FIG. 25 shows a tenth embodiment. In FIG. 25 2501 shows an interpolated image frame memory which records interpolated image data of a positive average flow rate, and 2502 is an interpolated image frame memory which records interpolated image data of a negative average flow rate. Reference numeral 2503 is a selector, which selects and passes as the interpolated image data the interpolated image data recorded in one of the interpolated image frame memories 2501 or 2502 in accordance with the control signal, and 2504 and 2505 are absolute value circuits which obtain the absolute values of the image data from the interpolated image frame memories 2501 and 2502 of the previous stage. In address numeral 2506 is a comparator which compares the interpolated image data made into absolute values from the absolute value circuits 2504 and 2505 of the previous stage and outputs a logical level signal.

In this embodiment, the object is to display whichever of the interpolated image data of a positive average flow rate and the interpolated image data of a negative flow rate has a larger absolute value of average flow rate. First, the interpolated image data of a positive average flow rate is stored in the interpolated image frame memory 2501 and the interpolated image data of a negative average flow rate is stored in the interpolated image frame memory 2602. The two are simultaneously read to obtain the absolute values of the average flow rate at the absolute value circuits 2504 and 2505. At the comparator 2506, whichever absolute value of the flow rate is largest is output as a logical level signal which is used to control the selector 2503, and either the interpolated image data of the positive average flow rate or the interpolated image data of the negative average flow rate will be output. Of course, the blood flow image data includes not only average flow rates, but also flow rate dispersion. Here, only in the case when the interpolated image is of a positive average flow rate, is it possible to obtain the interpolated image of the blood flow region of a mosaic pattern as obtained in the sixth embodiment or the interpolated image as obtained in the seventh embodiment of the invention. Then the next step is to select out of all the interpolated images the one which has the largest absolute value of average flow rate.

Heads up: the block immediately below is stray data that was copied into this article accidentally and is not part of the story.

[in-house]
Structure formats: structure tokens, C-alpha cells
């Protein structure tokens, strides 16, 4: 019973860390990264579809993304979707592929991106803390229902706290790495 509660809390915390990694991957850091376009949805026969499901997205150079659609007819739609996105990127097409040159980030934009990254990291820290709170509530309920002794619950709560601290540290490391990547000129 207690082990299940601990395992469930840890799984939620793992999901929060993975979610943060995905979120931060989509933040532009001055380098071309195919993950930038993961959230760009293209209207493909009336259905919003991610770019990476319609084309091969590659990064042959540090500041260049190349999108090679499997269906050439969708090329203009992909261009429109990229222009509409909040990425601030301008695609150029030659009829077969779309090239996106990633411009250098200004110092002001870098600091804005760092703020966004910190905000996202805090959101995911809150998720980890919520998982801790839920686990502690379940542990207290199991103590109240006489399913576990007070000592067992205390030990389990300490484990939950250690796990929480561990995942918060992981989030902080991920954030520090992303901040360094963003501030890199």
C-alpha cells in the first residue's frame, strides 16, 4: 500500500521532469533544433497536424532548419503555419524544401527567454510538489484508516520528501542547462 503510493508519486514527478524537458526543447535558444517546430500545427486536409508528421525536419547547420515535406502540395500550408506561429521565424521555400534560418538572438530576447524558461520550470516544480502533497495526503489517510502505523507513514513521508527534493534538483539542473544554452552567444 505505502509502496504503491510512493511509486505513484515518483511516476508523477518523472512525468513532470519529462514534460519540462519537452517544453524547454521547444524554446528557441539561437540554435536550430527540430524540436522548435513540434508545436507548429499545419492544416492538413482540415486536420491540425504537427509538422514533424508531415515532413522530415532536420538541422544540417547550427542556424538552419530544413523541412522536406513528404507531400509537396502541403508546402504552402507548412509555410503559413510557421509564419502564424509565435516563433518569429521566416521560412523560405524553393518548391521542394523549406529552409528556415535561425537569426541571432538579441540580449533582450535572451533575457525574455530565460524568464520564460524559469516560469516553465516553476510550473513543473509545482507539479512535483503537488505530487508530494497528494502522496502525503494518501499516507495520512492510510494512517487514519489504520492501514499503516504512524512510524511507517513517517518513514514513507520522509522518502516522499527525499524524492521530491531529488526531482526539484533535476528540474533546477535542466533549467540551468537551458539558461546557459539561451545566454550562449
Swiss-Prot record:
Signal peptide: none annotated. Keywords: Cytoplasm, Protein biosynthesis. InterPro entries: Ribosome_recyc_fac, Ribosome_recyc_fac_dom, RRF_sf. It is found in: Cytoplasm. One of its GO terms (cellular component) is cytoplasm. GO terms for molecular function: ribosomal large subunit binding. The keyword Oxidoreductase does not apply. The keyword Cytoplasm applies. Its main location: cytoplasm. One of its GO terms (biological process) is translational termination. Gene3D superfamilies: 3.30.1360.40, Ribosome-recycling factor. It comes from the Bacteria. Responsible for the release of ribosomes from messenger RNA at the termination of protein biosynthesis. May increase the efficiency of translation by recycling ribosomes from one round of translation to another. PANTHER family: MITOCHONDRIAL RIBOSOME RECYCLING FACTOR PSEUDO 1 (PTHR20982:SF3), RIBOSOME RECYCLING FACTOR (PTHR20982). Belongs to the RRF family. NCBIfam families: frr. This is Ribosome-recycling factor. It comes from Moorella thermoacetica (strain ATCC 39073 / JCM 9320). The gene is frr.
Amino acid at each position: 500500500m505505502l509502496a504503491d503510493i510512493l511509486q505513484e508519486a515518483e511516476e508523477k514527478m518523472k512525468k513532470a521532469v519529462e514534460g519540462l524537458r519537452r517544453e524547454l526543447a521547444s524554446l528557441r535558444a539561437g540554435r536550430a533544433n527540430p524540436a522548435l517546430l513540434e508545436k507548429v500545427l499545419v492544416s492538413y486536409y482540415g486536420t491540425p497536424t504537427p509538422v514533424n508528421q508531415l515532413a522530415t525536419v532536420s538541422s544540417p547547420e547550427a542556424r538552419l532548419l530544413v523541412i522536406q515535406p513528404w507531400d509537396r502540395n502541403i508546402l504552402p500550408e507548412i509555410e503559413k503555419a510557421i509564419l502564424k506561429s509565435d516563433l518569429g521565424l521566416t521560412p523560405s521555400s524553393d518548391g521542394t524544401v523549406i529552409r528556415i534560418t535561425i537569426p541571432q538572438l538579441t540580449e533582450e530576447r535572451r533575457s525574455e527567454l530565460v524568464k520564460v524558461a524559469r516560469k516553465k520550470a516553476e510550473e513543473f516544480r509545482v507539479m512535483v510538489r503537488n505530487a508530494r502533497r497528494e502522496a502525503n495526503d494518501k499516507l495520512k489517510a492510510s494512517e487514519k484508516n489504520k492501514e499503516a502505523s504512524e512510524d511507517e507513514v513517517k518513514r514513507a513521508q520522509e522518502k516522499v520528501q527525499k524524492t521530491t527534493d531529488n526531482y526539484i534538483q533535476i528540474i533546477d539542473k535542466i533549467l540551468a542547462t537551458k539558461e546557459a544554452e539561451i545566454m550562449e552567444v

FIG. 26 shows an eleventh embodiment. In FIG. 26 components which are the same as in FIG. 1 and FIG. 2 are shown by the same reference numerals. In addition, numeral 2607 is a switch which switches the path of the B mode image data, 2608 and 2609 are original image frame memories which record the original image data, and 2611 is an interpolated image producing means or unit which produces an interpolated image for the B mode image.

The object of this eleventh embodiments is to enable an interpolated image to be obtained and to further obtain a natural or correct image by providing an interpolated image producing unit as shown in FIG. 26 for the B mode image too as in the first embodiment.

FIG. 27 shows a twelve embodiment. In FIG. 27, 2701 is a decoder which converts the NTSC (National Television Standards Committee) signal into an RGB (Red-Green-Blue) signal, 2702 is a frame memory which records the image data, 2703 and 2706 are registers which record values temporarily, 2704 and 2707 are dividers which output remainders of the two inputs, and 2705, 2708, and 2710 are gate circuits which pass input signals in accordance with a control signal.